Vet recalls honor
Published 12:00 am Monday, November 12, 2007
The Selma Times-Journal
One Black Belt veteran will be remembering his own World War II experiences today with honor and respect.
&8220;Whatever branch you were in, Army, Navy, you were proud. You were proud to be a Marine then,&8221; Earl Parker says.
Parker was born and raised on the south edge of Perry County.
After graduating from Suttle High School, he joined the Navy in September 1943 at the age of 18.
Parker’s interest in joining the Navy also came partly because he’d &8220;seen enough movies to know not to go into the Army,&8221; considering the intensity of combat and difficult living situations for Army soldiers.
He ended up with the Seabees, a construction outfit for the Marine Corps, traveling all through the Pacific.
After going through Navy boot camp in Camp Perry, Va., Parker was shipped out to Camp Pendleton in California, where he was then attached to the 3rd Marine Division of the Marine Corps.
After completing a second round of boot camp and Marine training, Parker became a part of the 53rd Construction Battalion and was dispatched overseas, into the Pacific.
First stop was Hawaii, then New Caledonia.
At his next assignment, Guadalcanal, Parker helped to build an extension onto Henderson Field, which is now the only international airport in the Solomon Islands.
The United States government used landing craft ships to carry the heavy equipment between the islands.
The ships were bulky and unable to come ashore, so they had ramps, which opened and came closer to the shoreline, but still didn’t touch land.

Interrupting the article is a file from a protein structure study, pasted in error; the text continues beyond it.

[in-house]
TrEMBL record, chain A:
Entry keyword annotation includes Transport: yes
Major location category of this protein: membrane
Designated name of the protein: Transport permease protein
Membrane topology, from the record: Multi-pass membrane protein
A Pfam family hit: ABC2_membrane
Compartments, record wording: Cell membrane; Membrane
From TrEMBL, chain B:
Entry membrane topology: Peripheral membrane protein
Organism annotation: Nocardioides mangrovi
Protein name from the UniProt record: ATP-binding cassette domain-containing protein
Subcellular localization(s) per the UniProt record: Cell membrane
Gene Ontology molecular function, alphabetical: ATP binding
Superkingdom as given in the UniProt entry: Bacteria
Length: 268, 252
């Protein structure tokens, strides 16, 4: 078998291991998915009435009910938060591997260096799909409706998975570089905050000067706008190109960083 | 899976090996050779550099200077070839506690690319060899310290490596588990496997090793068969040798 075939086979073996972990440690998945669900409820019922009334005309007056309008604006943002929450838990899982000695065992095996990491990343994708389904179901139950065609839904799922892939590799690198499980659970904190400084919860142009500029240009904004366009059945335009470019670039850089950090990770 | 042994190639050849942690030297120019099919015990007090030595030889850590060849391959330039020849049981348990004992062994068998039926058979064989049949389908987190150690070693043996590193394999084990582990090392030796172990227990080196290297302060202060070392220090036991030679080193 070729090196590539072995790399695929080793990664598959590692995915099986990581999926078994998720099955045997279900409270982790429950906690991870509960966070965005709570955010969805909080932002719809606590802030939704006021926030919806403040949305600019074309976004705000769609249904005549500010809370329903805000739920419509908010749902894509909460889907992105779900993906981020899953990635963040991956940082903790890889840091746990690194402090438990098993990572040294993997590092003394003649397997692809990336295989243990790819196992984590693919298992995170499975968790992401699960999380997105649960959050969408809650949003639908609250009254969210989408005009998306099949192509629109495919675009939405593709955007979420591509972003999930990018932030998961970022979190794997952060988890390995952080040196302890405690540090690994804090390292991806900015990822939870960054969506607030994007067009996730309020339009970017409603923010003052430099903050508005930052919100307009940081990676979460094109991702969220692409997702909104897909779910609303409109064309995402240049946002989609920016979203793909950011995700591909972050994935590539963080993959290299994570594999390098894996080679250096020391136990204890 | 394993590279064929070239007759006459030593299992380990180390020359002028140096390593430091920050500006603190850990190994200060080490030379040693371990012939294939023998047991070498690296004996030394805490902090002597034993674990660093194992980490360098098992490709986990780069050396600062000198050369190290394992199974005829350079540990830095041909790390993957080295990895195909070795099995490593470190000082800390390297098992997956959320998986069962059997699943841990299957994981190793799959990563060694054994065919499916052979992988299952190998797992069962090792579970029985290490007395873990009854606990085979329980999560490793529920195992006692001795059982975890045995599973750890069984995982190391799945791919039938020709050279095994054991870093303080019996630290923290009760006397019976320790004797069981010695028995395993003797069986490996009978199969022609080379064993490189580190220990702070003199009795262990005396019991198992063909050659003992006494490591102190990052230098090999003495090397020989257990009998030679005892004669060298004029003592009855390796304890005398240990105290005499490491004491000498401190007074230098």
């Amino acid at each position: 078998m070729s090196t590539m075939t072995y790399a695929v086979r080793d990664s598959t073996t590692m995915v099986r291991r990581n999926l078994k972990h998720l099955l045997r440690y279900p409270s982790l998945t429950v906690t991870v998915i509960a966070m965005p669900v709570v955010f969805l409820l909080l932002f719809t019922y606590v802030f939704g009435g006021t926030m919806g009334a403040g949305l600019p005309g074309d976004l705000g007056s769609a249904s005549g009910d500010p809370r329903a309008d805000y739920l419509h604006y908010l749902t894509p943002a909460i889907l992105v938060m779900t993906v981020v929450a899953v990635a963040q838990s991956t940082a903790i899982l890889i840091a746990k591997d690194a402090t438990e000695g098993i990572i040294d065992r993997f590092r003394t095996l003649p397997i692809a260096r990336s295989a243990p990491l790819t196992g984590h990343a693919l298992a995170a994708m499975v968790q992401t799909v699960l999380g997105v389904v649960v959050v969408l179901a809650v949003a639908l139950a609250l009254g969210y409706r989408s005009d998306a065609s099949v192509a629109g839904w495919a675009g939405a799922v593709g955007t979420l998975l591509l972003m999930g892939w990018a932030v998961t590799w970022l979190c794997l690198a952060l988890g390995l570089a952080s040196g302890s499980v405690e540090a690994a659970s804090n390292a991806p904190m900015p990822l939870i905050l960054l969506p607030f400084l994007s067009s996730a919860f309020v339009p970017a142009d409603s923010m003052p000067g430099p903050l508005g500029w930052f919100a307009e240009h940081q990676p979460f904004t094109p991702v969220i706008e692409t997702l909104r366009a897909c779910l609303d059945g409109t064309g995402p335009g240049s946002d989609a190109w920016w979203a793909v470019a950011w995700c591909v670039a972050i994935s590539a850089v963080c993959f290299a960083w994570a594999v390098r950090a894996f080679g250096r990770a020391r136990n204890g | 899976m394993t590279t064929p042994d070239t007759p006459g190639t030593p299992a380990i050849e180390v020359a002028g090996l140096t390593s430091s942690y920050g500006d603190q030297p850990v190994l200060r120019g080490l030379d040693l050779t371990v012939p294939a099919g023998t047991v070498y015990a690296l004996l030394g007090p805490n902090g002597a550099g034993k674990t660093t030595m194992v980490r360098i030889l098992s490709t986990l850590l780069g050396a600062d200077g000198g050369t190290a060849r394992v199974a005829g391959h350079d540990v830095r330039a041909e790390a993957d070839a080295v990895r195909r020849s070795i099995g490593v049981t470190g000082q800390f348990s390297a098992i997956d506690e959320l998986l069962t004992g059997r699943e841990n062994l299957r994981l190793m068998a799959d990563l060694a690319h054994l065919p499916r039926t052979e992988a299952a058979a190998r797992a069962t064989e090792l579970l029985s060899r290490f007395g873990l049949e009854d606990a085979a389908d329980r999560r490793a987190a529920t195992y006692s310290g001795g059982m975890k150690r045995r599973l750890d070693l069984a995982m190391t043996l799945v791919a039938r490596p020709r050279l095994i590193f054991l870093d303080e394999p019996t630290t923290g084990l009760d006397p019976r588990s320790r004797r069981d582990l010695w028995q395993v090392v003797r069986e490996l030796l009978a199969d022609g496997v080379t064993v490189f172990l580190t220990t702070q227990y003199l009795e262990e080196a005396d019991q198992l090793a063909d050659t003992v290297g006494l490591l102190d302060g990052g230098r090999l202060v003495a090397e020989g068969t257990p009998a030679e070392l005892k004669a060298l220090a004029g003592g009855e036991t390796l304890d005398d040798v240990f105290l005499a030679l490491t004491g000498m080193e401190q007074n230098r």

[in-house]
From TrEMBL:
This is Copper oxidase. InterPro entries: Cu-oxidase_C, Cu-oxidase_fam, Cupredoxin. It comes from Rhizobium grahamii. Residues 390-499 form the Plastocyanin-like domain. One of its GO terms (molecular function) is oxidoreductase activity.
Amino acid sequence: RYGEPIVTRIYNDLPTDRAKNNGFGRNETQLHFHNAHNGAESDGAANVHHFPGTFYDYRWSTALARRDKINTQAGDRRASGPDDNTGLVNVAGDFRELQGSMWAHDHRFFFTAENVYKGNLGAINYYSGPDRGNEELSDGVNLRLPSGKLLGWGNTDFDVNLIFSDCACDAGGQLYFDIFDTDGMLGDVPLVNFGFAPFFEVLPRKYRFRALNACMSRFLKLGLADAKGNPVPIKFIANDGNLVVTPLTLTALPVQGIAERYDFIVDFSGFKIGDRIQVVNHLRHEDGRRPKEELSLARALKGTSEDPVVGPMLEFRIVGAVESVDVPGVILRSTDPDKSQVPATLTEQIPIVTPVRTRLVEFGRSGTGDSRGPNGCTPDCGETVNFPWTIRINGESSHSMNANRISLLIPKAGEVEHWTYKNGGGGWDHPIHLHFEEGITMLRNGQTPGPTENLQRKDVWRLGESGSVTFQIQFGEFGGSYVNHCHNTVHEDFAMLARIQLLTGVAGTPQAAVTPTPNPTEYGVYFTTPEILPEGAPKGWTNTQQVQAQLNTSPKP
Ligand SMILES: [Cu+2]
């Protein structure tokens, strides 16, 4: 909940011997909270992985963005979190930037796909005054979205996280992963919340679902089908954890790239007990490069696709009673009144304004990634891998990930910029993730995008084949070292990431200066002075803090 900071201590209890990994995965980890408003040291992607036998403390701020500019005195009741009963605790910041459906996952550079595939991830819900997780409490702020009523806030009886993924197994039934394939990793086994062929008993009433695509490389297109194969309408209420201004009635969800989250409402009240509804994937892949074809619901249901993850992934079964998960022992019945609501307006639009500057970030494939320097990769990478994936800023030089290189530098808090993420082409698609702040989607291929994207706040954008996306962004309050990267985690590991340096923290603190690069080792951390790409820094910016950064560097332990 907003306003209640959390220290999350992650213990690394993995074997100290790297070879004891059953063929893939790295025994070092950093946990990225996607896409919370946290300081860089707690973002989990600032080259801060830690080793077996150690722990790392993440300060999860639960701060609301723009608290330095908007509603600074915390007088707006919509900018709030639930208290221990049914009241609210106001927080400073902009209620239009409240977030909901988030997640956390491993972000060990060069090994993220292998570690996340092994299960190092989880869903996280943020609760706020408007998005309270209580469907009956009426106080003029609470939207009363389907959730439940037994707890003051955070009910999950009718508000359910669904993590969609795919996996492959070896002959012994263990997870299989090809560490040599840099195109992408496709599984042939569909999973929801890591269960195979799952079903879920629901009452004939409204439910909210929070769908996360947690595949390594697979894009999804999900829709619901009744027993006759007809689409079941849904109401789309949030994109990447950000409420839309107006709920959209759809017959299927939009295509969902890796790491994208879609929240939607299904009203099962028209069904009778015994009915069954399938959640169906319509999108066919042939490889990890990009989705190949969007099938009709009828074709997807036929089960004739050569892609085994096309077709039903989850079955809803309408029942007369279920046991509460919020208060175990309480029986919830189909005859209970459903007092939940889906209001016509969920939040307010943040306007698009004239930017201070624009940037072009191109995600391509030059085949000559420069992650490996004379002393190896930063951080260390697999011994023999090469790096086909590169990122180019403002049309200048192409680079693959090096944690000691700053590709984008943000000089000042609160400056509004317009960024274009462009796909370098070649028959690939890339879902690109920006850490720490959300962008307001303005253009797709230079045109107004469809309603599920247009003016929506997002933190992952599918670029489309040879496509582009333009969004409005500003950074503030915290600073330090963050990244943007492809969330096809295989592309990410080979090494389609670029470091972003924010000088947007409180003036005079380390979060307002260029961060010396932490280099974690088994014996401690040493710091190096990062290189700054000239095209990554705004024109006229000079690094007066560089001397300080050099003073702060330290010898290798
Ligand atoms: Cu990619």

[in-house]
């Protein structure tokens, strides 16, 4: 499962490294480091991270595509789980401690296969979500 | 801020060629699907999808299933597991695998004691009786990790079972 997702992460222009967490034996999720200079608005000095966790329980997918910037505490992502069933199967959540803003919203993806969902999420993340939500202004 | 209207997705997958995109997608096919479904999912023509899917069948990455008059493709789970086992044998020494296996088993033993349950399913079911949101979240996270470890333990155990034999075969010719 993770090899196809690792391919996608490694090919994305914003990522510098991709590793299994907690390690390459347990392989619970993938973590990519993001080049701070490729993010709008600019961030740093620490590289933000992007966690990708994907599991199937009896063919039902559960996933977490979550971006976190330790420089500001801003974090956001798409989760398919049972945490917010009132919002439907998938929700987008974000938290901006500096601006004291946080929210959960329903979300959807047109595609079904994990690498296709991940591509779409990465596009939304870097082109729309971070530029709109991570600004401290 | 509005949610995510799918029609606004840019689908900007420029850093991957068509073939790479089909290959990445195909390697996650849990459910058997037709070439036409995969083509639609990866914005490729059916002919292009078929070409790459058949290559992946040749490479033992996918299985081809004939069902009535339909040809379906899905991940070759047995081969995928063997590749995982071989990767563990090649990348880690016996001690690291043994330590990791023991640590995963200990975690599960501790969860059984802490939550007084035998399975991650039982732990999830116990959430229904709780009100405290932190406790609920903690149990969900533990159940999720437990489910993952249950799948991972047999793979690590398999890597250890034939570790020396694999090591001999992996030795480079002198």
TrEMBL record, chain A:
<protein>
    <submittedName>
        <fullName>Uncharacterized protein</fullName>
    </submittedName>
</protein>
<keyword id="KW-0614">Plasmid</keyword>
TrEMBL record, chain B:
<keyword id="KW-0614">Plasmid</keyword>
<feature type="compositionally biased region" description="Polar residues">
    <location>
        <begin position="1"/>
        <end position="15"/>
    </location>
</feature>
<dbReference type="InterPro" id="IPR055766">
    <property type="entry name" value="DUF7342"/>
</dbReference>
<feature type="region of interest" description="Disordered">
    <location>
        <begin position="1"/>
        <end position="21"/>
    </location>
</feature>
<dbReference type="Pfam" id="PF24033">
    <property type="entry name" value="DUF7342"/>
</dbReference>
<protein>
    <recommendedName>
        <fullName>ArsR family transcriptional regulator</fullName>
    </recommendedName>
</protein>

So the equipment had to go through the water. &8220;You just ran the bulldozer through the water,&8221; Parker said. &8220;They could go through about four feet of water.&8221;
After Guadalcanal, Parker’s Battalion went to Guam in the Mariana Islands, where they were placed on standby.
The Seabees came behind the Marines with bulldozers, Parker said. Guam was turned into a base for the Allied forces. The Seabees built five airfields on the island.
Parker had to fill all the holes in the airstrip on the island. Parker also helped rebuild the North Field, the place from where the plane that bombed Nagasaki took off.
After Guam, Parker came back to the United States. He received an honorable discharge in February 1946 and came back to Selma. He then began working for a pipeline outfit based out of New York. His job would take him through Europe, South America, and the Middle East.
Parker said today is a time to remember what was done. &8220;It always brings back memories…I’m proud of the way most places celebrate Veteran’s Day,&8221; Parker said.